Linux - NewbieThis Linux forum is for members that are new to Linux.
Just starting out and have a question?
If it is not in the man pages or the how-to's this is the place!
Welcome to LinuxQuestions.org, a friendly and active Linux Community.
You are currently viewing LQ as a guest. By joining our community you will have the ability to post topics, receive our newsletter, use the advanced search, subscribe to threads and access many other special features. Registration is quick, simple and absolutely free. Join our community today!
Note that registered members see fewer ads, and ContentLink is completely disabled once you log in.
If you have any problems with the registration process or your account login, please contact us. If you need to reset your password, click here.
Having a problem logging in? Please visit this page to clear all LQ-related cookies.
Introduction to Linux - A Hands on Guide
This guide was created as an overview of the Linux Operating System, geared toward new users as an exploration tour and getting started guide, with exercises at the end of each chapter.
For more advanced trainees it can be a desktop reference, and a collection of the base knowledge needed to proceed with system and network administration. This book contains many real life examples derived from the author's experience as a Linux system and network administrator, trainer and consultant. They hope these examples will help you to get a better understanding of the Linux system and that you feel encouraged to try out things on your own.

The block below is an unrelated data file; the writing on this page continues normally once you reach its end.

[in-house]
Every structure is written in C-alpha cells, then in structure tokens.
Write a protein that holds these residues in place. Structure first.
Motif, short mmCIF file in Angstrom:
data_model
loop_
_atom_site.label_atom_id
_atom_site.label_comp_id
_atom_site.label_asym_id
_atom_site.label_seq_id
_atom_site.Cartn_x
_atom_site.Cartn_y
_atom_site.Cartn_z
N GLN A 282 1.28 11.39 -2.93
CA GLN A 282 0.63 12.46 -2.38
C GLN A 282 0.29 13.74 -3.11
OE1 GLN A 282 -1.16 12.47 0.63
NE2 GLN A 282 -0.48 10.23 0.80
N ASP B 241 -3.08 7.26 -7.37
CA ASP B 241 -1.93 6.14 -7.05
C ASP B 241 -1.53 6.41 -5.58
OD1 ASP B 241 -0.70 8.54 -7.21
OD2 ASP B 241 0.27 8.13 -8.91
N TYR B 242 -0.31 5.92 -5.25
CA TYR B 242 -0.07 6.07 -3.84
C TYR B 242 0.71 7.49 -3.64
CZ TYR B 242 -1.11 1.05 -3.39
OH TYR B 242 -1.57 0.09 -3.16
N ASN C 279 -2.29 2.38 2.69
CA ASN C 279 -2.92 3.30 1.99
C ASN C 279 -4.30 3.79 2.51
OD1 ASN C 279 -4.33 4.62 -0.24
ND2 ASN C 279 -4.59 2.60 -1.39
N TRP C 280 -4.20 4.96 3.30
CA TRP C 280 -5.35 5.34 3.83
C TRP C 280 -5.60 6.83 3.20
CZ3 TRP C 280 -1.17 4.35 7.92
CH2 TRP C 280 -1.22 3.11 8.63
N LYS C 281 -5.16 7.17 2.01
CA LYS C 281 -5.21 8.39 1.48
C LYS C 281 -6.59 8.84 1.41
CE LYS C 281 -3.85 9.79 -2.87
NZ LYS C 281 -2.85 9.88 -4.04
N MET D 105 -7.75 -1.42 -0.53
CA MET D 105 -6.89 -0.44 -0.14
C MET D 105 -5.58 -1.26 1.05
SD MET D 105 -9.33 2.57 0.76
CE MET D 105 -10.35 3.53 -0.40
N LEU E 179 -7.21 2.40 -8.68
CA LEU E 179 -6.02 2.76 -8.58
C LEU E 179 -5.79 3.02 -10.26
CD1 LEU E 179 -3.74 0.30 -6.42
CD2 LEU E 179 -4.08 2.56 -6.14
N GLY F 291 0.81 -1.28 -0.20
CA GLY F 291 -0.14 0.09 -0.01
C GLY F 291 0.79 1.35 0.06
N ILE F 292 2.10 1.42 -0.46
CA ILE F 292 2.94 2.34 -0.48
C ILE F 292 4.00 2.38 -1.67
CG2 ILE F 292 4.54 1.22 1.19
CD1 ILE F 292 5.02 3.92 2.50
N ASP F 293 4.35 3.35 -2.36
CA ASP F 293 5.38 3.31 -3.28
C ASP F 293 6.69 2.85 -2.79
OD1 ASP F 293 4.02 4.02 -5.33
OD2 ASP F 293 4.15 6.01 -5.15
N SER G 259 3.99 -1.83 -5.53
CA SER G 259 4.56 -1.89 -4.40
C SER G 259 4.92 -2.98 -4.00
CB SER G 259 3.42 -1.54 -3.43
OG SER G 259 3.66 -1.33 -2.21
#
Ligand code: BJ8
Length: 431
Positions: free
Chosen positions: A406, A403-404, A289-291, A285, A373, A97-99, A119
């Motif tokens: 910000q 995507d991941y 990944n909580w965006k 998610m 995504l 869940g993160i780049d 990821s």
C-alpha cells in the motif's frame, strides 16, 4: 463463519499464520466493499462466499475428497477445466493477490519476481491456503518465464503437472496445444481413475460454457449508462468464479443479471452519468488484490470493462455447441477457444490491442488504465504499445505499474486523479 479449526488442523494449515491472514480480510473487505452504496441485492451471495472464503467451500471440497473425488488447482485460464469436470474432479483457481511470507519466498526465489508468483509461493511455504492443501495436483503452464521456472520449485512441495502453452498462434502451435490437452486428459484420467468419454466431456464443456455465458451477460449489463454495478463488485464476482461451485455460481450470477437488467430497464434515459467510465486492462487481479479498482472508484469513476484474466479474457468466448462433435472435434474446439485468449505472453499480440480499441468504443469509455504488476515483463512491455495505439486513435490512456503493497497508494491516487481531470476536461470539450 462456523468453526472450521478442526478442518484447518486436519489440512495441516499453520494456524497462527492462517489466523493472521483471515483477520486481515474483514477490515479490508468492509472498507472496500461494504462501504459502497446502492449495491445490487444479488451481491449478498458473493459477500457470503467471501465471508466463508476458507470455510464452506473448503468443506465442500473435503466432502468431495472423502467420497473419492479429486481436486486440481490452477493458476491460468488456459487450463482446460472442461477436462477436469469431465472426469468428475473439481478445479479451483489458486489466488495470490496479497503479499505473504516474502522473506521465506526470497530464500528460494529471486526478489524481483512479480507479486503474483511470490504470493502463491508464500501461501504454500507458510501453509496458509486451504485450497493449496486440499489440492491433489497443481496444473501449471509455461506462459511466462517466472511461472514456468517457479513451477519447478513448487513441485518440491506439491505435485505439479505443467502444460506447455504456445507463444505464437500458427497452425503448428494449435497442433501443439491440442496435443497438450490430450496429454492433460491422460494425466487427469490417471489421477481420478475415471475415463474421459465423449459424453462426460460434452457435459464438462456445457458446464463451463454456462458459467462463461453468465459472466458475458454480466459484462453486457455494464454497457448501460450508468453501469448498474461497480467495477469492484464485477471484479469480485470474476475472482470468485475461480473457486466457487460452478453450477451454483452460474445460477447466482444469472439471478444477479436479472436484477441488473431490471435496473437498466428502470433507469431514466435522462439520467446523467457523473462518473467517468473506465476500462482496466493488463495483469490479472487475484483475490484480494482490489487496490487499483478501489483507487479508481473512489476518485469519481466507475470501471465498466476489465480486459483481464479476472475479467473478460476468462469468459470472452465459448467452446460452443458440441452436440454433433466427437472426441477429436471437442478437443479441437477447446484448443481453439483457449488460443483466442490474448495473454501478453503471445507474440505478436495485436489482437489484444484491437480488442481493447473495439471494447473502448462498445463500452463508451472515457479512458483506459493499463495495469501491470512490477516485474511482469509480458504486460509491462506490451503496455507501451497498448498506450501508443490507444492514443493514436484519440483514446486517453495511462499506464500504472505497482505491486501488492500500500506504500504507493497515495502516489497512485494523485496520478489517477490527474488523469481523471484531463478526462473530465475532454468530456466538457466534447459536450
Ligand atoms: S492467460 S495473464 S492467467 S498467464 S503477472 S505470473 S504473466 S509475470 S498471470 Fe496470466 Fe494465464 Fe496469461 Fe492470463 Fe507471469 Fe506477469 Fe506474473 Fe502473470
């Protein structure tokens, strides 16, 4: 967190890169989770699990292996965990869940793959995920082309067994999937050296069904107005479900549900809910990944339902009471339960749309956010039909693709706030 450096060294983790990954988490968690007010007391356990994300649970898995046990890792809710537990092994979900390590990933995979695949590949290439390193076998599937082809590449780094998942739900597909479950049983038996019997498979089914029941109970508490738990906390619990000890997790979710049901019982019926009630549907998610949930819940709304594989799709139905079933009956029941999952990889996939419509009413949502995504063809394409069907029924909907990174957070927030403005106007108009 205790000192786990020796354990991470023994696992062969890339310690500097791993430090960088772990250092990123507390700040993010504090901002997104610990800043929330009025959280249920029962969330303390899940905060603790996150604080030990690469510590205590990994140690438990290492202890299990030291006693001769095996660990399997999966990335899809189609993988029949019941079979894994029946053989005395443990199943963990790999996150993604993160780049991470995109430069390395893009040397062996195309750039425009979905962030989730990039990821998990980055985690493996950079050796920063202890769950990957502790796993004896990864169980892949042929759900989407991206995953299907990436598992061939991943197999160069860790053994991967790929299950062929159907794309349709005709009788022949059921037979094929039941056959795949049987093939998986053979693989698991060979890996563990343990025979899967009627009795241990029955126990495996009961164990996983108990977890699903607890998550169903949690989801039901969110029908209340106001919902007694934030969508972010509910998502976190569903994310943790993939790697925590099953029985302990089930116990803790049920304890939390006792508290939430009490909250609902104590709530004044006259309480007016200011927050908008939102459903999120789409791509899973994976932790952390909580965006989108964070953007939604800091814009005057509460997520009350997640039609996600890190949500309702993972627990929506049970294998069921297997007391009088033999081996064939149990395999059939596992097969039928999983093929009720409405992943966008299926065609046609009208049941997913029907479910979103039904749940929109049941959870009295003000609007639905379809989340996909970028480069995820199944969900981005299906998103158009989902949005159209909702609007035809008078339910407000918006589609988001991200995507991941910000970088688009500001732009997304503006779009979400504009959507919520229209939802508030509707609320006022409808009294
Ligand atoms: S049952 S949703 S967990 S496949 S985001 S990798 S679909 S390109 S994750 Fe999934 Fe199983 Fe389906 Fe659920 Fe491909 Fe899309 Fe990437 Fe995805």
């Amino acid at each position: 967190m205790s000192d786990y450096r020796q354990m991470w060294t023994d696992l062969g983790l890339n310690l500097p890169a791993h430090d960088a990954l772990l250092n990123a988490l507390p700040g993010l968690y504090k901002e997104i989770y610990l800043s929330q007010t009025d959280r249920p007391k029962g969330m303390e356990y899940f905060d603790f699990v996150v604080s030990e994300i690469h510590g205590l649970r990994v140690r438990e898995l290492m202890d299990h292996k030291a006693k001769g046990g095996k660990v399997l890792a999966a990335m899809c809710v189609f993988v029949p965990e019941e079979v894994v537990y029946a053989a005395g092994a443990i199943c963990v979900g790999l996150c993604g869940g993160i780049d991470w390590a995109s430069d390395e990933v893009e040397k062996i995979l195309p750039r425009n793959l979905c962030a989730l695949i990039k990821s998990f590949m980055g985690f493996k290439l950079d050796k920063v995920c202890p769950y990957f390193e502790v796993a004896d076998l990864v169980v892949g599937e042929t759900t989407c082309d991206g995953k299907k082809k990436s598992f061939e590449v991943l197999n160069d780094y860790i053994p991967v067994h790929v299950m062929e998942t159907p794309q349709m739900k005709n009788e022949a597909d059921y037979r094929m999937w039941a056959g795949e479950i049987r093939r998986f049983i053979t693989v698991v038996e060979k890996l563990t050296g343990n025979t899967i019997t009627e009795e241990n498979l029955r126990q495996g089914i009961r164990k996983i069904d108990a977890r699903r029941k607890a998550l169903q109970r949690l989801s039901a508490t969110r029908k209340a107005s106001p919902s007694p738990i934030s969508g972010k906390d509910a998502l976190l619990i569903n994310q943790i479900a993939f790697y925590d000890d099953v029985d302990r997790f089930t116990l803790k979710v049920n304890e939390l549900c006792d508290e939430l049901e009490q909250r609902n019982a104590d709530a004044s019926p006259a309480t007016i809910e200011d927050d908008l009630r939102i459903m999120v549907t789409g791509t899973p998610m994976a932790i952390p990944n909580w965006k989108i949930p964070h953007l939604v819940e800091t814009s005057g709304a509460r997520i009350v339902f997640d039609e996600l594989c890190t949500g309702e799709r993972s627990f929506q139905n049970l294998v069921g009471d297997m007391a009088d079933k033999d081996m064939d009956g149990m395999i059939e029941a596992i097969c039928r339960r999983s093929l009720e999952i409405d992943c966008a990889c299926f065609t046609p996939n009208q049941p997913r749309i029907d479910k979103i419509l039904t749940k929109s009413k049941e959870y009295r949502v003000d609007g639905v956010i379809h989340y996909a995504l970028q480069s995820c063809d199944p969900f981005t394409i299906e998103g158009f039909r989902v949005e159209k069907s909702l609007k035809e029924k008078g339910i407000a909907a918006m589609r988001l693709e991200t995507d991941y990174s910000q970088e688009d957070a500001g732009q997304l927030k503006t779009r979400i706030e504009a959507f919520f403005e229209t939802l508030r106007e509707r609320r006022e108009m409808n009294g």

Click Here to receive this Complete Guide absolutely free.
Without the -s option, du will report the disk usage for every file AND FOLDER below the current level (default), or the parameters on the command line.
Since it reports the space a file takes, then also reports that space as part of the space taken by the folder HOLDING that file, the total of all those lines will ALWAYS add to more than the total space actually used. Adding the -s makes it report space used ONLY by the (s)ingle entities listed as parameters (or the current folder if you provide no parameters).
If the man page does not make it clear, there are online documents that describe these commands and options in finer detail. (Or, you can ask here.)
Since it reports the space a file takes, then also reports that space as part of the space taken by the folder HOLDING that file, the total of all those lines will ALWAYS add to more than the total space actually used.
Oh wow. Of course. I'm glad I asked this in the newbie forum...